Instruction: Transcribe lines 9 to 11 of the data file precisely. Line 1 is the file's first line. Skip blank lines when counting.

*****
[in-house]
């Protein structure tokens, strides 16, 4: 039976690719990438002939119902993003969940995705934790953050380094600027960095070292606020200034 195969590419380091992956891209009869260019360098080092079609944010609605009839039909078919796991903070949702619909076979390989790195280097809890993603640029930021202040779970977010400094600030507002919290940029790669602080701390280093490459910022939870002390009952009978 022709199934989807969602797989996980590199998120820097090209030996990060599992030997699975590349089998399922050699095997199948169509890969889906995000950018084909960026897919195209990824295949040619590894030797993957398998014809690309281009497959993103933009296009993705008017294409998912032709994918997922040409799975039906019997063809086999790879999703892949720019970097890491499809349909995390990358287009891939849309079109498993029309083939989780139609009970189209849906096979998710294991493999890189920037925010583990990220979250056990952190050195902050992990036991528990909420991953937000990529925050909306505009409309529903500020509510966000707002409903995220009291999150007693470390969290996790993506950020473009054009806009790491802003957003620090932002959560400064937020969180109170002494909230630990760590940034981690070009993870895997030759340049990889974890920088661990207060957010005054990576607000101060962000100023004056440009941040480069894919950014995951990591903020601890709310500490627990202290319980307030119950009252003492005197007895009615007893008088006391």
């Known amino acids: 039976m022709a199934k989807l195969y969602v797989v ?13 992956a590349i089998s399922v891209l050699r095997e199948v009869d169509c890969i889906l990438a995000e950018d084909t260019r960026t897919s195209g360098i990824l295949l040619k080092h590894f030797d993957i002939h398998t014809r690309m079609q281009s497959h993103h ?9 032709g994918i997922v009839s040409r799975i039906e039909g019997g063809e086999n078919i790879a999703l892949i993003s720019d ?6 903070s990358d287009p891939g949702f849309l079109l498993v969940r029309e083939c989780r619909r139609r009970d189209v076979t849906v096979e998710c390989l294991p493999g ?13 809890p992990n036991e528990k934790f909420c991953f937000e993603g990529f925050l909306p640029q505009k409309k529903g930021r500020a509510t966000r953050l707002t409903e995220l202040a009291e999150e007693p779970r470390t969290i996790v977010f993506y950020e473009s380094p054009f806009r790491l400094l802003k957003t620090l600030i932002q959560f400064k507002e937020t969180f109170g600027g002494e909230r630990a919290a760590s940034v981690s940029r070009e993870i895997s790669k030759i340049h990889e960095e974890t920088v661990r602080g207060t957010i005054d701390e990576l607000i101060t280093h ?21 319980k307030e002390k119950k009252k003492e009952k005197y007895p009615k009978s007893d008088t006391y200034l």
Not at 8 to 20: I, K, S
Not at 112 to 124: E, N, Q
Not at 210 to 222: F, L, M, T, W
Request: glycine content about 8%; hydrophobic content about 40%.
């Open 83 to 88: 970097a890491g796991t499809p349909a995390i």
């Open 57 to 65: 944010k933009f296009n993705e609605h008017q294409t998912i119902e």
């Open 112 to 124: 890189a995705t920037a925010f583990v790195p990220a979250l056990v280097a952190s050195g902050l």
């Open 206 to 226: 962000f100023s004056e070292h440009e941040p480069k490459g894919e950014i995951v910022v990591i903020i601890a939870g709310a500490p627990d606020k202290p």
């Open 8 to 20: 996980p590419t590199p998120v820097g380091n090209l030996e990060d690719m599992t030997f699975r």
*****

């Open 57 to 65: 944010k933009f296009n993705e609605h008017q294409t998912i119902e």
């Open 112 to 124: 890189a995705t920037a925010f583990v790195p990220a979250l056990v280097a952190s050195g902050l």
């Open 206 to 226: 962000f100023s004056e070292h440009e941040p480069k490459g894919e950014i995951v910022v990591i903020i601890a939870g709310a500490p627990d606020k202290p």